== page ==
One thing I’ve learned over the years about catching fish: there’s usually a pattern and a bait that will produce action, regardless of the lake, time of year, or species.
Finding this pattern is the challenge!
For many years I have enjoyed catching white bass, sandbass as they are called in North Texas. I like to fish them all year round, but when the water gets really cold in the dead of winter, they can be a bit tricky to catch on a regular basis. I have a now retired guide buddy who showed me a technique years ago on Richland Chambers that often produced cold water white bass.
He used to say to me, “Luke, drop that sheet of lead all the way down and try to get it upright, all the way down, then lay it flat.” This is the only model that works for me when the water temperature drops into the 40s.”
Of course, the slab was not still at the bottom of the lake due to the movement of the boat, the current, etc. There had to be a little movement of the bait and that slight movement was often just enough to attract a lethargic white bite. low.
Last week I joined guide Brandon Sargent, owner of the Lead Slingers Guide Service on Ray Hubbard Lake, and learned more about catching white bass in cold water in three hours of fishing than in the course of of the last four decades. Sargent is a savvy angler whether he is targeting white bass, crappie or hybrid stripes and when he called last week with an invitation to fish I was thrilled to get in the water and more than ready for a crispy fried white seabass platter. nets!
Sargent, like many guides today, used a Garmin Livescope not only to help him find fish, but also to give accurate bait presentations. I knew the Livescope was very good at catching crappie that held onto the structure, but I had never used it to farm fish, like white bass that are constantly on the move chasing baitfish.
We were fishing deep flats in the lower lake in 38-40 foot deep water. The exercise looked like this: Sargent would engage the lock on the trolling motor that holds the boat in place without an anchor or mooring. He would then turn on Bobo’s Thumper, which is a battery-operated unit that would run a rubber mallet up and down, hitting a plate and sending the rhythmic sound waves under the boat towards the fish. Quite often the sonar showed a vacuum for about 10 minutes when we first stopped and then the fish started to appear under the boat. I can’t say exactly why that thud attracts the fish, but it’s a fact, especially at this time of year when the water is cold. You’ll see few striper guides on lakes such as Texoma that don’t have a thumper on their boat this time of year.
When white bass pods started to appear, we would lay half-ounce chartreuses or white slabs in the middle of the school. We kept a close eye on the bait on the Livescope screen and the fish would be all around but they wouldn’t bite. The only bait presentation that worked, and it worked just about every time, was slowly lifting the slab above the fish. Looking at the screen we would see two or three white bass following the bait and invariably one nailed it. Leave the bait in the middle of the school and no strike, but cast the bait vertically through the water column out of the school and fish!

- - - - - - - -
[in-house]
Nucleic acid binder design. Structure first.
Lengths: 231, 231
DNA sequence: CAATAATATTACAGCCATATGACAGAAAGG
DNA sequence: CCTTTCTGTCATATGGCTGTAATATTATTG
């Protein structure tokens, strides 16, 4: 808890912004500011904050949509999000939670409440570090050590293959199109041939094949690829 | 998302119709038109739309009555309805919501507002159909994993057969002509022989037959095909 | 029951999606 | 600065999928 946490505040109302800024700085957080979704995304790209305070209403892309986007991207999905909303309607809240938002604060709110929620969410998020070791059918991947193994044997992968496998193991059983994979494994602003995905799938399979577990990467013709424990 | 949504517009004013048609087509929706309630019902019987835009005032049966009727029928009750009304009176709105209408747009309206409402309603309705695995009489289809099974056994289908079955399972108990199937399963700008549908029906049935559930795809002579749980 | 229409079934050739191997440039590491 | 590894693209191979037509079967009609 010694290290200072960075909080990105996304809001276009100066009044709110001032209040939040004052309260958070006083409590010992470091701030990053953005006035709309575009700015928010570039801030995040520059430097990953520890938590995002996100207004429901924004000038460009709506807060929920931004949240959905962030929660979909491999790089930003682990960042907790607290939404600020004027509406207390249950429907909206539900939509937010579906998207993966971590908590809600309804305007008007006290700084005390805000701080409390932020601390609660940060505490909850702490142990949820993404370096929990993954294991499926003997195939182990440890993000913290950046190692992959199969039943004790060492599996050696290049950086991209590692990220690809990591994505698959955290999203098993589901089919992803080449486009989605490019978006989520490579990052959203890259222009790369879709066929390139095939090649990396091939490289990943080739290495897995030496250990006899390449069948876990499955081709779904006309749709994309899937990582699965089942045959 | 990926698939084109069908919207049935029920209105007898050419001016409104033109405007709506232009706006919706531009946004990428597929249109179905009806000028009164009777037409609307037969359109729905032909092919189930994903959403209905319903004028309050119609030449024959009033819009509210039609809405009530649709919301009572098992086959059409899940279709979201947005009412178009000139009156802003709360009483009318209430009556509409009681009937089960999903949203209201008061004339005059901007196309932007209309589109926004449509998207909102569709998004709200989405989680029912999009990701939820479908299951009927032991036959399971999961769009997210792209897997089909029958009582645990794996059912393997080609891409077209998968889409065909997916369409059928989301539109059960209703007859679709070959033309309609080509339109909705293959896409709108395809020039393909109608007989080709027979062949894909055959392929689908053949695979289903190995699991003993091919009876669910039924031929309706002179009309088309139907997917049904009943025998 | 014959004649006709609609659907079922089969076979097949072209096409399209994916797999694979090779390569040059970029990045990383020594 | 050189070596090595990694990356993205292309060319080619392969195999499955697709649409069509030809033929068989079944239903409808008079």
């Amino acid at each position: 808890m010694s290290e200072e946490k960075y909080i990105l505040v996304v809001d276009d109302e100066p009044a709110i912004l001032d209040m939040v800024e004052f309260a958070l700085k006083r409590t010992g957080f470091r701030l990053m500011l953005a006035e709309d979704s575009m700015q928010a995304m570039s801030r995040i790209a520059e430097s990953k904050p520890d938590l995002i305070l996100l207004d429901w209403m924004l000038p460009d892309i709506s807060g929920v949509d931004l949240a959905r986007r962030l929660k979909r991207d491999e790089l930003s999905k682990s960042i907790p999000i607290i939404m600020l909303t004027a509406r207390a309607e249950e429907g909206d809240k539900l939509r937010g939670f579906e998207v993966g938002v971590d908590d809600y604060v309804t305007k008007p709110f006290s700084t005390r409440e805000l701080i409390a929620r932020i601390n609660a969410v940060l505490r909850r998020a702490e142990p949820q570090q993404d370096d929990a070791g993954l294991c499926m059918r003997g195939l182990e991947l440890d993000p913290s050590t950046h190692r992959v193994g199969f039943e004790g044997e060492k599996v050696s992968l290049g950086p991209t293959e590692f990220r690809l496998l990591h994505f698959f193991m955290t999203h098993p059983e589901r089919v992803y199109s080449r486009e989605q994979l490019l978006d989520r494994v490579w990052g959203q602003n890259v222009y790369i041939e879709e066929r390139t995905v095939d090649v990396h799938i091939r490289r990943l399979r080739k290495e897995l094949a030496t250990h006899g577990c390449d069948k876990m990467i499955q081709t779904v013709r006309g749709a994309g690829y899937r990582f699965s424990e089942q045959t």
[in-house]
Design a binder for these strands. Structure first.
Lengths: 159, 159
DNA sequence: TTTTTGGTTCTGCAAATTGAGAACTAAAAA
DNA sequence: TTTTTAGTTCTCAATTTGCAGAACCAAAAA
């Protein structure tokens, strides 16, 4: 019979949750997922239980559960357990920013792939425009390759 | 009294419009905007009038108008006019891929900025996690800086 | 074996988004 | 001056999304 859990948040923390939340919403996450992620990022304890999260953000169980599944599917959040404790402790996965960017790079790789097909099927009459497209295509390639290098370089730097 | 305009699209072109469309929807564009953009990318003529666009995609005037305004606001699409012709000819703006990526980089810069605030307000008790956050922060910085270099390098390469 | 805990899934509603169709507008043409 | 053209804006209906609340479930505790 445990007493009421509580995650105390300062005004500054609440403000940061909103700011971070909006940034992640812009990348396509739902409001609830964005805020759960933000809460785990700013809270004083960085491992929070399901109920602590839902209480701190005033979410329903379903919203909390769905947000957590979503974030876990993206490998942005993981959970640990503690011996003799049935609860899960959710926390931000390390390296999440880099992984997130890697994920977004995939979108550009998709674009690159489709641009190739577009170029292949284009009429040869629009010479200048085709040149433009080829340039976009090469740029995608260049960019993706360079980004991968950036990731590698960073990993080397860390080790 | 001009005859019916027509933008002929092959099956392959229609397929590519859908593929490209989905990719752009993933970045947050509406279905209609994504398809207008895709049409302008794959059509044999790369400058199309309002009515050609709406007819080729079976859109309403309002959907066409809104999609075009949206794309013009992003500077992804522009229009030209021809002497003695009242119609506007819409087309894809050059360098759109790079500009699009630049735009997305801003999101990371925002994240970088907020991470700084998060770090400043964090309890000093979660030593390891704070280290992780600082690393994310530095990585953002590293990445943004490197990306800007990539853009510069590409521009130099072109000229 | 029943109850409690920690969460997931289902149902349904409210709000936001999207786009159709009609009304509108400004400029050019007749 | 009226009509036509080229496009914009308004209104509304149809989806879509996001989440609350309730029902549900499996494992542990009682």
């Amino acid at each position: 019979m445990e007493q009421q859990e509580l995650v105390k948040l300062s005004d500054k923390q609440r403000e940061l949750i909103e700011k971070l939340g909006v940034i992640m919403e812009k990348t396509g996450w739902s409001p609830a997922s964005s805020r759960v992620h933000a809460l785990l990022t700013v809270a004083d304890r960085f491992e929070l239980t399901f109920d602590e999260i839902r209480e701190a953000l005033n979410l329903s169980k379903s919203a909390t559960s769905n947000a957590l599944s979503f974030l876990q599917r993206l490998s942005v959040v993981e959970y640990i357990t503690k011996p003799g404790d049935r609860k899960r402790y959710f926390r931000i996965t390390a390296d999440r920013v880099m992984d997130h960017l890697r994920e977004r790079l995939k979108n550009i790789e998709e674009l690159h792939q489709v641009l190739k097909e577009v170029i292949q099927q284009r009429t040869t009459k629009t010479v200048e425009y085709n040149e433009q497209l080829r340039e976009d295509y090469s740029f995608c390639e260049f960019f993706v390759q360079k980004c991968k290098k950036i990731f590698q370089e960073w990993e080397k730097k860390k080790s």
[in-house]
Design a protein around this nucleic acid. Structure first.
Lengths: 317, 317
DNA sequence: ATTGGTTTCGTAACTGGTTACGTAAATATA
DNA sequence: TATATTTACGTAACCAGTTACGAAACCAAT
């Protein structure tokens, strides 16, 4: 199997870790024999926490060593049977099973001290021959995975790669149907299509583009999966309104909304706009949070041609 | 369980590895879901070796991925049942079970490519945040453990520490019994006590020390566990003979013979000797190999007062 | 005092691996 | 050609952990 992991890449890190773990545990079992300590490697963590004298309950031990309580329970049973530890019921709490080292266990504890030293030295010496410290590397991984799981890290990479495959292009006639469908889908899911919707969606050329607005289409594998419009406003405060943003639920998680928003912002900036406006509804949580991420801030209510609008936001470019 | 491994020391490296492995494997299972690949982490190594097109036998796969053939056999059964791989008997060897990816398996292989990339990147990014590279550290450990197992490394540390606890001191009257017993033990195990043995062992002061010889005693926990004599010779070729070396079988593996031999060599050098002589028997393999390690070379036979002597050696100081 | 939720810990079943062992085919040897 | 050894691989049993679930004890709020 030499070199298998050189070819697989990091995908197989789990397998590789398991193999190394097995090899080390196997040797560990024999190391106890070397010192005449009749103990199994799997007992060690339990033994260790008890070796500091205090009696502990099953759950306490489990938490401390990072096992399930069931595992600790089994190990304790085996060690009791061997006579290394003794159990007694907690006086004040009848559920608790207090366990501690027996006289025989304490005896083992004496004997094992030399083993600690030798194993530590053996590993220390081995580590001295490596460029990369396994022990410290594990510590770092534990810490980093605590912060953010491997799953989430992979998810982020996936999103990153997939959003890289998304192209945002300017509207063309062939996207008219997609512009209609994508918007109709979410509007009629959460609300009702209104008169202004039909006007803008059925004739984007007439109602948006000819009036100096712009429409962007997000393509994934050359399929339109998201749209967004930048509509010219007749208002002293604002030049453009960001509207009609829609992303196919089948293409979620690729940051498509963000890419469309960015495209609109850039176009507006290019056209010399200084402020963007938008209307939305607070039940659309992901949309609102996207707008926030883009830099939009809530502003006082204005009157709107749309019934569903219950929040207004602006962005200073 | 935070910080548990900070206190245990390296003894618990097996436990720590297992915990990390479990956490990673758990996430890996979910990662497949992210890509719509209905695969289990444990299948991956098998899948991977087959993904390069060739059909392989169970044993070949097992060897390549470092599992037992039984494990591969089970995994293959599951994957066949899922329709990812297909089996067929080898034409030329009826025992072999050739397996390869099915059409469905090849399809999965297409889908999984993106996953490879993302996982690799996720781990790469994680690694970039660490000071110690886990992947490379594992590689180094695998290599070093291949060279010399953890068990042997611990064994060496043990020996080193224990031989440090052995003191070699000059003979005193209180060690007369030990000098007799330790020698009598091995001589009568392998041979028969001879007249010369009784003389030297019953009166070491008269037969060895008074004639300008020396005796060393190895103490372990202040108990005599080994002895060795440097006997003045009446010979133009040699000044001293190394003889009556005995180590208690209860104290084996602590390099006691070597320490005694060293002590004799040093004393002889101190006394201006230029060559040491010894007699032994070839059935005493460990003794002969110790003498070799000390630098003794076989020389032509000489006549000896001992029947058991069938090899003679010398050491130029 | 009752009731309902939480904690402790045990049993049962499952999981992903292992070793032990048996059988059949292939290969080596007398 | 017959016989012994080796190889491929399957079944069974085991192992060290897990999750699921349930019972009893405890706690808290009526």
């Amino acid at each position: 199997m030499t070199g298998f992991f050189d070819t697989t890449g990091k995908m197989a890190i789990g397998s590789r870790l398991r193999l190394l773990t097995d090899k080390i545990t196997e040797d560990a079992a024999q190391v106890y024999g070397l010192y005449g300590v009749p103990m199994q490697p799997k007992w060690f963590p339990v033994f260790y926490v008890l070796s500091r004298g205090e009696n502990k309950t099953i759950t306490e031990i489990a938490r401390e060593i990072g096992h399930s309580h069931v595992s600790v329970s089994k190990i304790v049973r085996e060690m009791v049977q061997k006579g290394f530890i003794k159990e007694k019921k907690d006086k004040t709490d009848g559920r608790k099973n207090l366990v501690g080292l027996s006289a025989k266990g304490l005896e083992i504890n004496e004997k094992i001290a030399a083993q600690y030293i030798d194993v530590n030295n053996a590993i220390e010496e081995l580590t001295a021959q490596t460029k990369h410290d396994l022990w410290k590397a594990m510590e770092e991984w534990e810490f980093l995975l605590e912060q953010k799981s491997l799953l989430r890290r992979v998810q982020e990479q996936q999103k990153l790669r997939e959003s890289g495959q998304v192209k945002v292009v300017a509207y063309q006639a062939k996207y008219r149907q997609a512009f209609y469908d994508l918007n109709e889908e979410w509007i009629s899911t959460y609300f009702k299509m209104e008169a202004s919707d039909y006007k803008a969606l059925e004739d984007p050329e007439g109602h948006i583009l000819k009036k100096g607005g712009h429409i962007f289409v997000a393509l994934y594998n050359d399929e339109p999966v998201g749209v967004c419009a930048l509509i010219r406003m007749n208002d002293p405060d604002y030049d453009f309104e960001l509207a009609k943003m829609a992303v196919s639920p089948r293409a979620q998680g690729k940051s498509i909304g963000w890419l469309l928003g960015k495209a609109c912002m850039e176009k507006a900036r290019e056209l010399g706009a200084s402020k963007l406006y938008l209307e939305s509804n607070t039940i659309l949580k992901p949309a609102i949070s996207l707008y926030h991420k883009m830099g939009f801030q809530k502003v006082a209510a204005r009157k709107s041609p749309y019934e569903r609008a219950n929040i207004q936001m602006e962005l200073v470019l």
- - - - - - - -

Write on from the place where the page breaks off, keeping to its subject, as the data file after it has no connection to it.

In late February or early March, annual white bass spawning is usually underway in streams and rivers above reservoirs with good white bass populations. Hotspots are traditionally the Sabine River above Tawakoni and below Toledo Bend and the Trinity River above Lake Livingston. Of course, spawning white bass also make their spawning run in many of the feeding creeks. For the past few years I have looked forward to fishing with my friends on a feeder stream at the upper end of Fork Lake. Guess there will be no racing on Fork this year due to low water levels when the lake was torn down for repairs on the dam.
Drought or near-drought conditions prevailed for much of the winter, resulting in low levels in many lakes and very little water in the feeder streams. A few days of heavy rain could fill the creeks with currents and push white bass out of the lakes, but without heavy rains over the next month, I doubt there will be a traditional spawn.
One thing is for sure, there is certainly no shortage of big, feisty white bass in Lake Ray Hubbard and spawn or not, the fishing should remain very good throughout late winter and spring. My biologist buddies tell me that the whites will spawn in the main lake if there is no current to draw them to the rivers and streams. They deposit and fertilize their eggs around the points blown by the wind with the current. Contact guide Brandon Sargent at 469-989-1010.
THIRD ANNUAL REN DE VOUX OUTDOOR SPRING will be held in Greenville at Top Rain Cowboy Church on March 12th. Larry Weishuhn aka Mr. Whitetail will be on hand around the campfire with me along with a host of other outdoors people including Connor Crockett and his deer retrieval dog Boone (Boone and Crockett), guides and outfitters . Kiosks, barbecue, campfire cooking, live music, it’s going to be a lot of fun!
For more information, contact Luke Clayton at [email protected] or www.catfishradio.org, Pastor Charlie Nasaar at 903-217-3778.